When you’re taking on a large project like building a deck or framing a new room, you’ll need an ample supply of screws and other fasteners. If you’re wondering about the different types of screws and when one will work more effectively than another, All Points Fasteners is here to help.
We offer multiple types of screws and have all the information needed to help you use them properly. We’re here to help you get your projects done right and done fast.
How Does a Screw Work?
The world of screws is vast, and you’ll find no shortage of different options when you shop for screws for your next project. How does a screw work?
A screw has the same overall shape as a nail, but it includes a spiraling groove travelling around and down the shaft. The head has several options, including hex, pan, flat and round. Drives can be slotted or made with a Phillips head design for driving.
When you need to hold two materials or objects together, the groove helps keep the screw in place and the bond secure. To drive the screw into a material, you’ll need a screwdriver or drill that’s compatible with the head design.
There are many different types of screws, and while their exact uses differ, what a screw does best is hold two things together. What are different types of screws used for? Here’s a primer on the different types of screws available to you, as well as some key information as you evaluate what types of screws will work best to meet your needs.
What Is a Screw Used For?
Screws are fasteners for all sorts of construction projects, large and small. The reason there are so many different types of screws is that there are so many different ways objects and materials need to be fastened.
Sometimes screws are classified by the material they are used to fasten. For example, you might find you need concrete screws for fastening objects to concrete, wood screws for fastening objects to wood, or drywall screws for fastening objects to drywall. No one screw or fastening could possibly serve as a one-size-fits-all solution, because there are simply too many different needs and applications for screws and fasteners.
What Are the Different Types of Screws?
Because of how many different ways there are to use screws, you’ll find there are tons of different types of screws. Here are just a few of the different kinds you’ll find when searching for the right solution:
These are just a few of the different types of screws. You may find that the screw you need is classified into one of the categories above, but it’s also categorized by its drive type (Phillips, slotted, combination, star, etc.) or by the shape of its head (oval, flat, button, round, pan, etc.). In some cases, you may find a screw is classified by a combination of terms. For example, you might find that you need a slotted flathead metal screw.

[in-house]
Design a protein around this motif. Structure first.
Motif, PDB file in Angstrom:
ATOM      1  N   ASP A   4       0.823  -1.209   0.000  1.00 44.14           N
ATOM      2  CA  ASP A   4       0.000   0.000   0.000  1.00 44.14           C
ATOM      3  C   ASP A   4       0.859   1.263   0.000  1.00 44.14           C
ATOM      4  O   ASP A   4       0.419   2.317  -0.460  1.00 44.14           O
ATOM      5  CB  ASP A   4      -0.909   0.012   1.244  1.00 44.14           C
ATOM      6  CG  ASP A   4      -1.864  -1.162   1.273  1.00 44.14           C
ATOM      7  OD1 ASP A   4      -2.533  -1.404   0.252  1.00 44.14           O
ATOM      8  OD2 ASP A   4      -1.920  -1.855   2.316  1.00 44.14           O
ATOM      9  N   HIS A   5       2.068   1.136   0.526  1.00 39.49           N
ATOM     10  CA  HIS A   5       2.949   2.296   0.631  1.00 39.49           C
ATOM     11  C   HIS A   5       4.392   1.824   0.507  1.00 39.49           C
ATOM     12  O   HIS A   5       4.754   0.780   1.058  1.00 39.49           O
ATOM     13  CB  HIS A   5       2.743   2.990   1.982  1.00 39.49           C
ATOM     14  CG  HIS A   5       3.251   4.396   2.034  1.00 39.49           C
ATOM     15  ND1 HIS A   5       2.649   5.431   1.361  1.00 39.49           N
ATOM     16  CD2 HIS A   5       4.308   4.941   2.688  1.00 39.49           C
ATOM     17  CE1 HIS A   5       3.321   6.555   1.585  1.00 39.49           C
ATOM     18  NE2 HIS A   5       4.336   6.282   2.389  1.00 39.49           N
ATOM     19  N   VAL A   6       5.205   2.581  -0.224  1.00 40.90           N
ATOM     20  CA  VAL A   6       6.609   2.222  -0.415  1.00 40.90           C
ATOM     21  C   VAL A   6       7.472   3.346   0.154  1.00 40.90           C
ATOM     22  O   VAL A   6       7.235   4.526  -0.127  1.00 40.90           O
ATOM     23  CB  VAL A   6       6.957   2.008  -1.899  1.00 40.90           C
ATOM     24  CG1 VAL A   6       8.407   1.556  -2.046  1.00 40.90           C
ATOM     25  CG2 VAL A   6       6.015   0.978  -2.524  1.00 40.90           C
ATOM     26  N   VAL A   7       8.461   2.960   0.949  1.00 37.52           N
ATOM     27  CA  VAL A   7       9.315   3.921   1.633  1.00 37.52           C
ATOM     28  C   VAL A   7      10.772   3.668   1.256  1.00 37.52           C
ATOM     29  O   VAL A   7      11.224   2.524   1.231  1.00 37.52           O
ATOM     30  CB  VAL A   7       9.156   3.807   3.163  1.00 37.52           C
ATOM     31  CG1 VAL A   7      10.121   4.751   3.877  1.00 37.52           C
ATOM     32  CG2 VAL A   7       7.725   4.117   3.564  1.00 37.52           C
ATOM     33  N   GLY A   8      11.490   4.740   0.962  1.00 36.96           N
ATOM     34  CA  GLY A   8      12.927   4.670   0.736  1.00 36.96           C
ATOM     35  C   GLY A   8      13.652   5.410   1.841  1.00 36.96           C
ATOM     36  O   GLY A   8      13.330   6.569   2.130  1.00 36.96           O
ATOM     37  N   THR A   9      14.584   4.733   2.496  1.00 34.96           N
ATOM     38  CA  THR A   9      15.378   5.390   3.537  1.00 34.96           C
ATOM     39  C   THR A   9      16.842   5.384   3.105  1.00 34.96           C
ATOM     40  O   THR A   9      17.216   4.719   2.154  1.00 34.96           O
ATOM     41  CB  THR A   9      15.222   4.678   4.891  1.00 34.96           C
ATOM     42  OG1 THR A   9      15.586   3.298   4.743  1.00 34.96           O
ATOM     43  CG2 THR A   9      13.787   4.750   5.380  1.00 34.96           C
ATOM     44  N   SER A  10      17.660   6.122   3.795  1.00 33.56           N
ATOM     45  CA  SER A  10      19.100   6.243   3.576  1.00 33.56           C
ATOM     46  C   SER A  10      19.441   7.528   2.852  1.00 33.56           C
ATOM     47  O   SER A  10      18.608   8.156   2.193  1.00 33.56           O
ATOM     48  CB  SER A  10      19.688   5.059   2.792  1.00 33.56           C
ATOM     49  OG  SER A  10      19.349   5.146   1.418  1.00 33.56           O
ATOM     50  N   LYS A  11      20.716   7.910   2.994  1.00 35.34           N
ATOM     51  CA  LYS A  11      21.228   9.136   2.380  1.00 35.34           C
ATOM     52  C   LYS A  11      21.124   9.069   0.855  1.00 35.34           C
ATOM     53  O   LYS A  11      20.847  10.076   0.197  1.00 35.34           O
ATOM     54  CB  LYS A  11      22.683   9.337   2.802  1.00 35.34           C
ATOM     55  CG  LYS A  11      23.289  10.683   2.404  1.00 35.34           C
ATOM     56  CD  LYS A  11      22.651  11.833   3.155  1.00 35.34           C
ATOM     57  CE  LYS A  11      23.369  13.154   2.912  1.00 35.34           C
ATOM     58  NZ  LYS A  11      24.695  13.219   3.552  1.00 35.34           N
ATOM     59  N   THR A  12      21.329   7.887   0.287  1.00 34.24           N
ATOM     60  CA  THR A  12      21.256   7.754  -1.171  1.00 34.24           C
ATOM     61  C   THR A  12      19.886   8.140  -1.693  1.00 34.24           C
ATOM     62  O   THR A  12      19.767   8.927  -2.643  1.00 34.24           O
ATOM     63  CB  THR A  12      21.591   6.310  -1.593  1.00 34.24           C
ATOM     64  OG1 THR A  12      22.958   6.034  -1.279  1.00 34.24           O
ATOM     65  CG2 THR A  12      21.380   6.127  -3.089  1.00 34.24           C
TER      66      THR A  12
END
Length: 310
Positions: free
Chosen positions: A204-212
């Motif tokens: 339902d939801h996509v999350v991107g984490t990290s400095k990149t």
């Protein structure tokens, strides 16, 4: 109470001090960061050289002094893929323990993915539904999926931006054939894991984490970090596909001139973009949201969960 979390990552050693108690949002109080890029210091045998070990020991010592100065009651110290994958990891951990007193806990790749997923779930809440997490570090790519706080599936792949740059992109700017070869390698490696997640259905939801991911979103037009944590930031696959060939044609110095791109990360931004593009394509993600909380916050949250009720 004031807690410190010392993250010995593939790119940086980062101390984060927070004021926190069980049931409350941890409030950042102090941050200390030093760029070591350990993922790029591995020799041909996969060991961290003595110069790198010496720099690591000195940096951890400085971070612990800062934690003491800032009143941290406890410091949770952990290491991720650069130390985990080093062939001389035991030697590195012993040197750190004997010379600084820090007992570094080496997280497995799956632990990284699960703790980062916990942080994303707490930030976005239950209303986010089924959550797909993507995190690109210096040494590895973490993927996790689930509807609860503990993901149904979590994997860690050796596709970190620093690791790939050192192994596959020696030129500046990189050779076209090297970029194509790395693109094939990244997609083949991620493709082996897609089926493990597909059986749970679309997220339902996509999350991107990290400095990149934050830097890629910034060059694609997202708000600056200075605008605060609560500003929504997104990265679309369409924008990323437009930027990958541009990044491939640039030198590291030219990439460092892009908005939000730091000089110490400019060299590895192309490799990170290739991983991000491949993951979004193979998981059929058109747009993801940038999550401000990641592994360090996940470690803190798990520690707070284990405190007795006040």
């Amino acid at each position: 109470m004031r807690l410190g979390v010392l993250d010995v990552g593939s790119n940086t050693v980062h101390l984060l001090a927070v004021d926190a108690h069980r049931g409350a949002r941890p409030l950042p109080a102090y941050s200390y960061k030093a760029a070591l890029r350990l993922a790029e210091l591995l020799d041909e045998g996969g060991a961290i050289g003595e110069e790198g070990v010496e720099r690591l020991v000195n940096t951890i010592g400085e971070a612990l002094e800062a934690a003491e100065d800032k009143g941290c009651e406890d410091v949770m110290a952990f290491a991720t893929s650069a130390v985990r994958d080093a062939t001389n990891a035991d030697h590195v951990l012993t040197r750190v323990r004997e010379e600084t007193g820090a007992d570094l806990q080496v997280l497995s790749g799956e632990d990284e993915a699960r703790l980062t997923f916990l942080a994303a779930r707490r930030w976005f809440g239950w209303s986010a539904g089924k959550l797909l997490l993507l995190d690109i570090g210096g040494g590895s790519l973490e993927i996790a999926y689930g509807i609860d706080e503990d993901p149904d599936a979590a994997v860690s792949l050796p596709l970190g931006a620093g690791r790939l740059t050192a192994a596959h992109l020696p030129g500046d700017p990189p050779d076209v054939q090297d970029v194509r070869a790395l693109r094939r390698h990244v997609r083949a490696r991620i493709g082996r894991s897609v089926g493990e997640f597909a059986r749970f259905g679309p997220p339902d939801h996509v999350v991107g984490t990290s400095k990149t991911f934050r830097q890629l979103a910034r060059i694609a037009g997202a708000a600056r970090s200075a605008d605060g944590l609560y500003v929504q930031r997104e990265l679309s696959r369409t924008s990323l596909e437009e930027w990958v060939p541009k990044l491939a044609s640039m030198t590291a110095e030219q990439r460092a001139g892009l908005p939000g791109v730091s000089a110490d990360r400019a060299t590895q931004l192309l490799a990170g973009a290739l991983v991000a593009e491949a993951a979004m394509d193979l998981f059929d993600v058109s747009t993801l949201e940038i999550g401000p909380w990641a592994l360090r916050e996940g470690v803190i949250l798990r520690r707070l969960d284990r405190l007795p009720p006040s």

What Is the Difference Between a Self-Tapping Screw and a Normal Screw?
With most screws, you’ll need to drill a pilot hole that creates threads and helps guide the screw into a secure spot. That’s not the case with self-tapping (or self-drilling) screws. When you choose self-tapping screws, there’s no need for a pilot hole. The screw creates its own threads as it is installed and remains tightly in place despite any activity or vibrations.
What’s the benefit of self-tapping screws?
Self-tapping screws save tons of time when you’re working on a significant project. For example, if you’re working to fasten objects and you need to use several dozen screws to get the job done, choosing self-tapping screws can significantly decrease the amount of time the project takes you. This is incredibly important in large construction projects where getting the project done on time is of the utmost importance.
These screws are also reliable, as they hold materials together firmly and have a long service life. Installing self-tapping screws with a coating can also prevent discoloration of the material due to rust or corrosion, making these fasteners ideal for harsh environments.
Get the Screws You Need at All Points Fasteners
At All Points Fasteners, we work each day with service contractors to ensure they have the screws they need to deliver outstanding results. We specialize in tracking down even the most difficult-to-find fastening solutions — so our clients always have access to exactly what they need.
You find nothing but products of the highest quality in our selection, as well as affordable pricing that helps your project stay under budget. We provide domestic quality at an imported price. If you can’t find the right part for your project, let us know and our experts will point you in the right direction. We’re committed to your satisfaction, so we’re always happy to work with you to find the products you need.
How to Use Self-Tapping Wood Screws
All hardware stores which are truly really worth the name have an extensive assortment of wood screws and tools, bolts and nails for utilizing these items. Adding more difficulty, each type of tool and securer may possess a somewhat different method of correct usage.
Let us take a glimpse into how you will make use of wood fasteners as well as what you do not do with wood screws. At All Points Fasteners, we have a variety of self-tapping wood screws for do-it-yourself projects.